A Molecular Model of Secondary Battery Cycle-life Pointing Towards a Final Regularity Resembling Carnot-efficiency

28 June 2021, Version 2
This content is a preprint and has not undergone peer review at the time of posting.


A transition state theory-influenced ideal model of battery cycle-life is outlined and validated by example of the Panasonic NCR18650B Li-battery cell, which shows after 500 cycles a residual capacity of 68.2 % at 100 % depth of discharge (DoD) as by its datasheet. The ideal model, which bases on a minimum failure causality of one reaction event failing per half-cycle, overstates on the logarithmic scale by just 1.9 % for the conditions given, corresponding to an ideal cycle-life of 563 cycles. Generalization of the model towards DoD-ranges yields for the exemplary (70; 30) % and (100; 60) % margins the cycle-life values of 43252 and 23480, respectively. Because the model relies solely on natural constants, temperature(s) and C-rate(s), the conclusion is drawn that a thermodynamic final regularity similar to Carnot-efficiency governs secondary battery cycle-life; this is in contrast to hitherto academic consensus opinion attesting the matter a basically empiric nature.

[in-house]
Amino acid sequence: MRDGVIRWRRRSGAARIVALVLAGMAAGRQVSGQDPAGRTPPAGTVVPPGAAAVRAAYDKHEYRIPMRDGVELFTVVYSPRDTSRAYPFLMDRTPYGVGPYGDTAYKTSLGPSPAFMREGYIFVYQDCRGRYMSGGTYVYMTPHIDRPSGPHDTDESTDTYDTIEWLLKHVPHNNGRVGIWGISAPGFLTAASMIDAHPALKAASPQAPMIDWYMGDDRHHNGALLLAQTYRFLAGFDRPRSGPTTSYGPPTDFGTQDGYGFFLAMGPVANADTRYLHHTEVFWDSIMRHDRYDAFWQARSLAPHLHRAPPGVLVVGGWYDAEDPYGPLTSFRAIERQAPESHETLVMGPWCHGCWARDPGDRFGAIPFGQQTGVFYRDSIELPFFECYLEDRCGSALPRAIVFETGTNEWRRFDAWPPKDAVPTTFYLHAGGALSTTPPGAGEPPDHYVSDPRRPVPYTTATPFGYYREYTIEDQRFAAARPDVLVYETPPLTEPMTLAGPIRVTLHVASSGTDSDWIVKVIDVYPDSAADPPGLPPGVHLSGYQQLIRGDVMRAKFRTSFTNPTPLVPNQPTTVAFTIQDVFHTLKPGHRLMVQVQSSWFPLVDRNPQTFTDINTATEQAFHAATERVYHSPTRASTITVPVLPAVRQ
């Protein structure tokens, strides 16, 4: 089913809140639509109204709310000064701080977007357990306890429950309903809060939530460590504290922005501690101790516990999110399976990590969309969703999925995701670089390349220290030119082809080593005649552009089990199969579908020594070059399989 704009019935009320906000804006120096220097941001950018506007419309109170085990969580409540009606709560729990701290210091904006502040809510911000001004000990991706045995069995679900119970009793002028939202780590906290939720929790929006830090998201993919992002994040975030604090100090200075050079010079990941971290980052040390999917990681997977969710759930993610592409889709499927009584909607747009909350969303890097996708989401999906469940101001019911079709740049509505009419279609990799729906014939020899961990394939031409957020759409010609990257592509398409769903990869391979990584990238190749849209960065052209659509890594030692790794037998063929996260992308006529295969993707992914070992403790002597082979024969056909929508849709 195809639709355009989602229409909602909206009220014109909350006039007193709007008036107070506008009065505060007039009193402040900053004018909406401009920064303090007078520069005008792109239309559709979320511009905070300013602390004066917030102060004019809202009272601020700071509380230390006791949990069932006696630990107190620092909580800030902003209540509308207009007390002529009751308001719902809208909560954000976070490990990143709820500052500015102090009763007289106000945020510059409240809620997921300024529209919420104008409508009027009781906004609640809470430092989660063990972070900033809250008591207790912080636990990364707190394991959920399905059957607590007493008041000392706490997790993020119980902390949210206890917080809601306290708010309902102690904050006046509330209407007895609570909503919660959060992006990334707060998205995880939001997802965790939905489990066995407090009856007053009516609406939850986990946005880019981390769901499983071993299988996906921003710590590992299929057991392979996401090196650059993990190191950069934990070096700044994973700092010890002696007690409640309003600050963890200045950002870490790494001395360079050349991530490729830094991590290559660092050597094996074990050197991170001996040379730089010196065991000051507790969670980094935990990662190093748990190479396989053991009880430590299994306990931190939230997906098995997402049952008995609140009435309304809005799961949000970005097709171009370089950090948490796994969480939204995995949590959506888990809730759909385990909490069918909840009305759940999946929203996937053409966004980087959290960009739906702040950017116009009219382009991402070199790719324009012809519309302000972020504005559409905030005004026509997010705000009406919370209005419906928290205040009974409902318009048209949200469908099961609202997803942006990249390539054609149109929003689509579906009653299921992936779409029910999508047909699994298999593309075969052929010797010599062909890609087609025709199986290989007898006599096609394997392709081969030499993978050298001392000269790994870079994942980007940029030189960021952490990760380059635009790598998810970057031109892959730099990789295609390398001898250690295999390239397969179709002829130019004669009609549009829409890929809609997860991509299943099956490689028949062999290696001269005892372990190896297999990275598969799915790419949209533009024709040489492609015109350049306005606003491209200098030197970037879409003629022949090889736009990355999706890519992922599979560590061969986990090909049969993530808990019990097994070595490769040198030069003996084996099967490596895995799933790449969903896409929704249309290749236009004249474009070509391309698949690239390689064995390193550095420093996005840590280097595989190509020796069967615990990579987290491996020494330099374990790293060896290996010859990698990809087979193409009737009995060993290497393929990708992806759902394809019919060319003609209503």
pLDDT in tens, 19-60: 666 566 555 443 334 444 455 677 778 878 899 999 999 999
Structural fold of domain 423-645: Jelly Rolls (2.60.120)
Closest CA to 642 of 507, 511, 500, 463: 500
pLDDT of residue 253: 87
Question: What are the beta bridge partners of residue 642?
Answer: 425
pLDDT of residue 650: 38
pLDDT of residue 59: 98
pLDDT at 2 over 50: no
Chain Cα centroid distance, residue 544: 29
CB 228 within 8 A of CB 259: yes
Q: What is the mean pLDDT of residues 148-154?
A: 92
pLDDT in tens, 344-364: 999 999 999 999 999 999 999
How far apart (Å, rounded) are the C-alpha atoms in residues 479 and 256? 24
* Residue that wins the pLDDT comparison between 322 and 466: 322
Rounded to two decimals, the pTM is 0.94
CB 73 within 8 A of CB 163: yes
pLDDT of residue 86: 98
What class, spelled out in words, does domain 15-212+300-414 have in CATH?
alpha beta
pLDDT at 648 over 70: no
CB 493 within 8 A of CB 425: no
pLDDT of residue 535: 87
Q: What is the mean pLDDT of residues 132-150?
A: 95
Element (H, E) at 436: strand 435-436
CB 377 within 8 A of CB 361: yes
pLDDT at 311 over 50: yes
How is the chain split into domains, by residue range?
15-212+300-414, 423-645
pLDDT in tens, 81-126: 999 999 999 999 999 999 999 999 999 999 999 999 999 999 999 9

Eyring equation
secondary battery
Secondary Batteries
cycle-life performance
Reversible Energy Storage
Carnot efficiency
equilibrium thermodynamics
Eyring theory formalism
battery cycle-life

Supplementary materials

Exemplary plot of equations 13, 15a and 15b
This graphic illustrates how the distribution function of cycle-life develops from a quadratic approach towards its final form of a negated e-function, in figures of the discussed example.


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